10. Yoon HS, Choi YS. Analysis of correlation among health consciousness and nutrition knowledge, dietary habits and nutrition attitudes of elementary and middle school teachers in Masan city. J Nutr Health 2002; 35(3): 368-379.
  11. Youn HS, Choi YY, Lee KH. Evaluation of nutrition knowledge, dietary attitudes and nutrient intakes of nurses working in Kyungnam area. J Nutr Health 2003; 36(3): 306-318.
  12. Schwartz NE. Nutrition knowledge, attitudes and practices of high school graduates. J Am Diet Assoc 1975; 66(1): 28-31.
  13. Chung SJ, Kim HY. Nutrition knowledge and food habits of housewives. Fam Environ Res 1985; 23(4): 101-108.
  14. Carruth BR, Mangel M, Anderson HL. Assessing change proneness and nutrition related behaviors. J Am Diet Assoc 1977; 70(1): 47-53.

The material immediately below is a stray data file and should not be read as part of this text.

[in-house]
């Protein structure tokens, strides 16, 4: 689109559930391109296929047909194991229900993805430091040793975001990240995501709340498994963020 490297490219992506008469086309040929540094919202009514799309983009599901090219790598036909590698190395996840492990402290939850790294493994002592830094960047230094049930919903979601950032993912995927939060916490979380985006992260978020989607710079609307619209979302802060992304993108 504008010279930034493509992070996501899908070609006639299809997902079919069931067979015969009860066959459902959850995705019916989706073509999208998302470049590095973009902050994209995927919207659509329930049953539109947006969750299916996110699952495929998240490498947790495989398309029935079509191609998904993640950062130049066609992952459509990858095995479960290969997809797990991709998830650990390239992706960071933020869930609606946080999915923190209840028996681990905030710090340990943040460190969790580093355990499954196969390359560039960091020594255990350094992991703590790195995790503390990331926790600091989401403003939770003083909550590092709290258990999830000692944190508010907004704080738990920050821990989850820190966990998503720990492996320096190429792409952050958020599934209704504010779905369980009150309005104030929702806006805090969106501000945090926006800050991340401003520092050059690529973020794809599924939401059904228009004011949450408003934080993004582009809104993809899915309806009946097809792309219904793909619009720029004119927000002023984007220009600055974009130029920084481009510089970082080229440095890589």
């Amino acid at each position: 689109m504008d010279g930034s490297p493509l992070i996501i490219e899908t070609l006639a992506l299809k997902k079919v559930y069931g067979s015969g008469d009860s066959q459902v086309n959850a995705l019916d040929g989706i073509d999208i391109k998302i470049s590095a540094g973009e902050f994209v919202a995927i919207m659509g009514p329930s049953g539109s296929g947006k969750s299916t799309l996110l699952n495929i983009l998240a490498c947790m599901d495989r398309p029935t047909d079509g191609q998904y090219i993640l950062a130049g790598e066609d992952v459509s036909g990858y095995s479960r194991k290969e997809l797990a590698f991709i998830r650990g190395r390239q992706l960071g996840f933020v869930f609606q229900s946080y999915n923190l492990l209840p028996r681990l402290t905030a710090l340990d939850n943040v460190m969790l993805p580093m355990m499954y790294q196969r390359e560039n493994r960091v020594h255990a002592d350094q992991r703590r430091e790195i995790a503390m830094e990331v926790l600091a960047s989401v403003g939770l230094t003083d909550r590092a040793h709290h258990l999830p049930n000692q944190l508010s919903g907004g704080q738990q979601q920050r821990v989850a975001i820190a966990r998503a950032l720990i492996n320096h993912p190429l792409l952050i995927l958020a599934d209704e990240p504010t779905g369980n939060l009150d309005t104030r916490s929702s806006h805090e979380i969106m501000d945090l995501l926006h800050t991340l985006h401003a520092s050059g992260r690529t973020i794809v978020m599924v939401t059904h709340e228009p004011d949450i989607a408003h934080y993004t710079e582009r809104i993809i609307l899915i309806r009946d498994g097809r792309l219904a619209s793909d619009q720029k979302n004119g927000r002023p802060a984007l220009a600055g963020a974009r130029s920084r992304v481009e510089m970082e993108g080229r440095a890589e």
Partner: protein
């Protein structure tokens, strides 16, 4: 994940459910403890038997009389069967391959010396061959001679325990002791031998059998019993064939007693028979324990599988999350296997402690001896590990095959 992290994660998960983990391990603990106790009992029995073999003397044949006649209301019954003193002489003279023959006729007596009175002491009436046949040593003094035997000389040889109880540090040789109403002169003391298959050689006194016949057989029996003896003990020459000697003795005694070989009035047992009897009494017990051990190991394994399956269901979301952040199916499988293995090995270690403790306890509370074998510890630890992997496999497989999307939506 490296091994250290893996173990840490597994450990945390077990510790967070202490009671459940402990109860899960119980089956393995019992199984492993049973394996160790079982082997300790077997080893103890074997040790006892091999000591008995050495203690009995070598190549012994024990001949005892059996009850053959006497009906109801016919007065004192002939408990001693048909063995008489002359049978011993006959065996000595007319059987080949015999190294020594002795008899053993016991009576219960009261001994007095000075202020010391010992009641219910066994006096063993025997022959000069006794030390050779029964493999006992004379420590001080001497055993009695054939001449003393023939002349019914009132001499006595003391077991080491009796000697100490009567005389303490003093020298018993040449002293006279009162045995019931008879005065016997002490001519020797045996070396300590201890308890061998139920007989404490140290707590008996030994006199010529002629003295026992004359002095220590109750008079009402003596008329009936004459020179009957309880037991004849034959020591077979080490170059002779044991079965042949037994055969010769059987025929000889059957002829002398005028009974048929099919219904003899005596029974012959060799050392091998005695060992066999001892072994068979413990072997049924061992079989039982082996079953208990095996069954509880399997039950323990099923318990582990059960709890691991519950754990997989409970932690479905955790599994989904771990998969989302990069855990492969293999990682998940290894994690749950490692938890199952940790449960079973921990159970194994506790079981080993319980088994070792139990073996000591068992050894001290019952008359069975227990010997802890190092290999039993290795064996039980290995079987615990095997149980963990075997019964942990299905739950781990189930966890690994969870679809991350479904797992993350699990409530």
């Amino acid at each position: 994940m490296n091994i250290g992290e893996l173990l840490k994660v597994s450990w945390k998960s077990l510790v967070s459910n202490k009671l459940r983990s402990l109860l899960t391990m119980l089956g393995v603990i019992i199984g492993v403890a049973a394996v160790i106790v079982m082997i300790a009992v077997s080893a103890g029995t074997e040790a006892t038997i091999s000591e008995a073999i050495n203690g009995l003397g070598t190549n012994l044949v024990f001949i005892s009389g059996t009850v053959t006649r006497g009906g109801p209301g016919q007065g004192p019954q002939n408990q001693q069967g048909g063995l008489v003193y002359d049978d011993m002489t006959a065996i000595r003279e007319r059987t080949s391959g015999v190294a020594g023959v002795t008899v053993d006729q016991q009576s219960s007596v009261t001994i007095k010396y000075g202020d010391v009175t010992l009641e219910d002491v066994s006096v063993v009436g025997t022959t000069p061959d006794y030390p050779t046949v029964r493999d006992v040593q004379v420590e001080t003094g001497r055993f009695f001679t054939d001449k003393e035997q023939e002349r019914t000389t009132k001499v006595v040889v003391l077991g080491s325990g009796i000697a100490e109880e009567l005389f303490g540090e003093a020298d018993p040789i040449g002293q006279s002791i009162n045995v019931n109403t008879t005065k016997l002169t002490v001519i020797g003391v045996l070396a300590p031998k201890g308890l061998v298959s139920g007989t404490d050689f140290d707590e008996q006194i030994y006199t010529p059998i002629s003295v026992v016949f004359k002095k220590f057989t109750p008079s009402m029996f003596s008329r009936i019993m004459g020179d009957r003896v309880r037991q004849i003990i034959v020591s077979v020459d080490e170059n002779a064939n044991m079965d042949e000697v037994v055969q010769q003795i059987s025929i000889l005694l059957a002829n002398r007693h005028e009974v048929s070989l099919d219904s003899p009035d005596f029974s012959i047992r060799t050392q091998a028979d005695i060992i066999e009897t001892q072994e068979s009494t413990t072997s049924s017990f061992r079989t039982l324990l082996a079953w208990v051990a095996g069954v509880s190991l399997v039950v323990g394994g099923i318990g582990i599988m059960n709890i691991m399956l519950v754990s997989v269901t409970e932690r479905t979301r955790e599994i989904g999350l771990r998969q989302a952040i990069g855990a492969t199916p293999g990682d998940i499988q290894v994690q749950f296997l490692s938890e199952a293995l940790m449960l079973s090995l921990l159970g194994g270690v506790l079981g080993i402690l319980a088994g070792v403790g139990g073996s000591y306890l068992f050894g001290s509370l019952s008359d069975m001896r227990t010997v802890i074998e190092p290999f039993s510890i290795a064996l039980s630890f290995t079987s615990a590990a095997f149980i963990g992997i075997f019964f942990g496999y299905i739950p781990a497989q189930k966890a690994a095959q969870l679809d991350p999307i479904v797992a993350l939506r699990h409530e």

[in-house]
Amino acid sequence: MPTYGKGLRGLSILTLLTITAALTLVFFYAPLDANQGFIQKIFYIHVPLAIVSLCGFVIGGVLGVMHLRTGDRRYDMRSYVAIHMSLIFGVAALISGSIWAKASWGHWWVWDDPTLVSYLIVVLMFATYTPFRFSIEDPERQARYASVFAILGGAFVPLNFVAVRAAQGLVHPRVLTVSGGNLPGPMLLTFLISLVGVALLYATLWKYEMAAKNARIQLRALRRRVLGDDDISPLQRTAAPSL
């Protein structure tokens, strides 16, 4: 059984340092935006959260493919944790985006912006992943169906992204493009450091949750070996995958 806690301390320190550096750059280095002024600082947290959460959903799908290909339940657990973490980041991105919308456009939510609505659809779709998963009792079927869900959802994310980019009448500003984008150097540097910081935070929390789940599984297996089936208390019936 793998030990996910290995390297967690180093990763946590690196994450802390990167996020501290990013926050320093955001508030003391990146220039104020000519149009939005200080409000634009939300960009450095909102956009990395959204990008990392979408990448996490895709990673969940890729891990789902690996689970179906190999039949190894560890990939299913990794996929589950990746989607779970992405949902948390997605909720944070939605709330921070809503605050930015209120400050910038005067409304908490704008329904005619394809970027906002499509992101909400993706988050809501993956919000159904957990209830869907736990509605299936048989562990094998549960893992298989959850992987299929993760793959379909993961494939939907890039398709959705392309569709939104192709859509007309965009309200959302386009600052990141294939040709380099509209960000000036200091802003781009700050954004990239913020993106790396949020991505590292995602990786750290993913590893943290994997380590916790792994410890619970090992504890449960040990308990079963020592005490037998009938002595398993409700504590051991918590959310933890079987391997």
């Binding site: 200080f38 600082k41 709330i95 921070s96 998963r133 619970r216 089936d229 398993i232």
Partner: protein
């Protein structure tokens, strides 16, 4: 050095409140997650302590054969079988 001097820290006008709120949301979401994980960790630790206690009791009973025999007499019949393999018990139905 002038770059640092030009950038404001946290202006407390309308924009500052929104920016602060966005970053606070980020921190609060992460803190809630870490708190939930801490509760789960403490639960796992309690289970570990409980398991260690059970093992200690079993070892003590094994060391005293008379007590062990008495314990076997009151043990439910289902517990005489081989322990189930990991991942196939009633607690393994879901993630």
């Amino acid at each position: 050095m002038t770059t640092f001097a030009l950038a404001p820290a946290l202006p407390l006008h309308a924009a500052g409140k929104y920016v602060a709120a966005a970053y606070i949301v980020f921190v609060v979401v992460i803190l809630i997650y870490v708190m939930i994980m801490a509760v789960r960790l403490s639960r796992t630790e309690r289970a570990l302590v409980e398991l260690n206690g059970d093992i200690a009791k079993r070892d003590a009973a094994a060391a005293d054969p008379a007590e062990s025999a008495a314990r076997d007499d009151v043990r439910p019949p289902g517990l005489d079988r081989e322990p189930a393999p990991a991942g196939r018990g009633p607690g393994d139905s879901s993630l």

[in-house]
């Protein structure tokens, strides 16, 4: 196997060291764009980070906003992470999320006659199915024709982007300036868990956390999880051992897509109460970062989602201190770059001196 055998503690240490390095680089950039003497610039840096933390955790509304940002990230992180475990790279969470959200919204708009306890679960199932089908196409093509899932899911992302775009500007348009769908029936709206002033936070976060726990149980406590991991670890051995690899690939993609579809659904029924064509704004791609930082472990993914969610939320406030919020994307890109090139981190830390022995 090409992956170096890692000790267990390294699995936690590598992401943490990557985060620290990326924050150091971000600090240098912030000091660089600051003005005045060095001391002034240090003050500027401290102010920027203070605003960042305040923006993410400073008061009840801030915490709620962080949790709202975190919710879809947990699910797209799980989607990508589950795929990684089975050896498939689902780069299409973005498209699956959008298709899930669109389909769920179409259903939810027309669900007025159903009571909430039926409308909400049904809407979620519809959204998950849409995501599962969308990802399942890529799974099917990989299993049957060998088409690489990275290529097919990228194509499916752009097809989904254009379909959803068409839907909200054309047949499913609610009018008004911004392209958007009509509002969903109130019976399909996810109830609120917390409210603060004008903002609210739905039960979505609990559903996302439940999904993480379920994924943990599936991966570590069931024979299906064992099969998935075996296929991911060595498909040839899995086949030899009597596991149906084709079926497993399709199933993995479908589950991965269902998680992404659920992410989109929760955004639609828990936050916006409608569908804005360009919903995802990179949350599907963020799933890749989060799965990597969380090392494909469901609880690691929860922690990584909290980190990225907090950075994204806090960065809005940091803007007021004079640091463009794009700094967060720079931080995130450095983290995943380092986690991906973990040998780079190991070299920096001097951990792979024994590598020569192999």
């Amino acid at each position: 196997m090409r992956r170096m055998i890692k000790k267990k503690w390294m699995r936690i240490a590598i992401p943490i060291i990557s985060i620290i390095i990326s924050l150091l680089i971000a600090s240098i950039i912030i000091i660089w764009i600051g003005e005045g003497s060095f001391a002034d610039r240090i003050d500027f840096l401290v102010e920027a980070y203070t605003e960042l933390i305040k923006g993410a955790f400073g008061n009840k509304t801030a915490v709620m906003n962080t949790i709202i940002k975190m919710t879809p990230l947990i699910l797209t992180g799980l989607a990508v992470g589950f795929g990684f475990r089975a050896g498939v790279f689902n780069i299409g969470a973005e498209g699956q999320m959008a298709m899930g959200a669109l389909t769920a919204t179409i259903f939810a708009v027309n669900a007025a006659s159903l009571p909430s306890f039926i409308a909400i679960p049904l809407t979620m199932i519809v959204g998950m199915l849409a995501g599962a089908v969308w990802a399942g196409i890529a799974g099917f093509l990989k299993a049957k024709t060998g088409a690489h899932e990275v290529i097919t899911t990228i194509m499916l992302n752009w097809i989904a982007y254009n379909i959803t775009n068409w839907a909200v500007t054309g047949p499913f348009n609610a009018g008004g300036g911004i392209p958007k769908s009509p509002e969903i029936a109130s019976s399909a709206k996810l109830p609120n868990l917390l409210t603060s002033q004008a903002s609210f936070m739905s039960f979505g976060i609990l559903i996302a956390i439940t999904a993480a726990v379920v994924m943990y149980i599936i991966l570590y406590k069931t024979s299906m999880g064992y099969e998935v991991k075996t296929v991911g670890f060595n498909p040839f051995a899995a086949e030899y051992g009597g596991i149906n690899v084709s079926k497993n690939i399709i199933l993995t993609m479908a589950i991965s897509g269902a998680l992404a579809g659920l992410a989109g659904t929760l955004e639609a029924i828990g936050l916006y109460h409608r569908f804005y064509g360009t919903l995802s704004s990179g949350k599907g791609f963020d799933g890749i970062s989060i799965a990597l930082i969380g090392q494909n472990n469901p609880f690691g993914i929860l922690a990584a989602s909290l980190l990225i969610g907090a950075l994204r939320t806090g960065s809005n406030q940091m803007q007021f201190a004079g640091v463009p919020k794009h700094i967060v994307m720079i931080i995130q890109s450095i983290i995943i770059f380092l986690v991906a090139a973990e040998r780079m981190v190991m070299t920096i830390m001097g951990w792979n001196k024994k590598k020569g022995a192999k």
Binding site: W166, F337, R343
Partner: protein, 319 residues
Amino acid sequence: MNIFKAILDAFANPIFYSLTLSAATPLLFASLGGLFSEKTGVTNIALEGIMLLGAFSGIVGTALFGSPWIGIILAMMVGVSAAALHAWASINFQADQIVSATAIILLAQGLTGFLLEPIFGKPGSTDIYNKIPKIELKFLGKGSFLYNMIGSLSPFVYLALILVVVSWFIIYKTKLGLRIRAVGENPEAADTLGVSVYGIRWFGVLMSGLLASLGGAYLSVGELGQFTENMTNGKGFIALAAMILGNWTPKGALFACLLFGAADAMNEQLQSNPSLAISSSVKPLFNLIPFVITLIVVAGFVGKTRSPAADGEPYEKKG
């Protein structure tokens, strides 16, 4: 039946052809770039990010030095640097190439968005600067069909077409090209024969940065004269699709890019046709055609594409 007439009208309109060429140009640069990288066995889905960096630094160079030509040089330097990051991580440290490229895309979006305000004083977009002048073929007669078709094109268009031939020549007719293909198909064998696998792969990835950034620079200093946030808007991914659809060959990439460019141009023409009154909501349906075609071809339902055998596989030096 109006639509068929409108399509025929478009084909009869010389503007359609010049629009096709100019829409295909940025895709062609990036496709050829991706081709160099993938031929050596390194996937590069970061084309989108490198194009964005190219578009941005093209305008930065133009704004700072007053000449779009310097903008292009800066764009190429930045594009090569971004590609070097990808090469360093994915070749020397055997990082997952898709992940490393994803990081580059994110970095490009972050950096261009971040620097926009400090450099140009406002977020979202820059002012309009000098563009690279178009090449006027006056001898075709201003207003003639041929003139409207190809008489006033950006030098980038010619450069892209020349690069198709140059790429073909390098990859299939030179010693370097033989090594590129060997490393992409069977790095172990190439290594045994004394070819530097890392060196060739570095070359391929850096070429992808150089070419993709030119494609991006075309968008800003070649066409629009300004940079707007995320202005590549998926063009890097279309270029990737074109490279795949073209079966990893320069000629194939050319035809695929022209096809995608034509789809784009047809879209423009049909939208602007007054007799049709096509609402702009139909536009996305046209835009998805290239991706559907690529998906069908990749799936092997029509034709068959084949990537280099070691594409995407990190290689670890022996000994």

15. Lee SW, Sung CJ, Kim AJ, Kim MH. A study on nutritional attitude, food behavior and nutritional status according to nutrition knowledge of Korean middle school students. Korean J Community Nutr 2000; 5(3): 419-431.
  16. Kim HJ. A survey on sugar intakes from snacks and sweet food culture of adolescents in Korea [master's thesis]. Kongju National University; 2008.
  17. Seo JY. A study on adolescents' between meals consumption: Based on middle school students in Goyang-si, Gyeonggi-do [master's thesis]. Ewha Womans University; 2008.
  18. Yoo JH. Frequency of sweetened food consumption from elementary school students and assessment [master's thesis]. Sookmyung Women's University; 2010.
  19. Han HM, Lee SS. A nutrition education program development and the application for the elementary students: Focused on sugar intake education. J Korean Pract Art Educ 2008; 21(2): 111-131.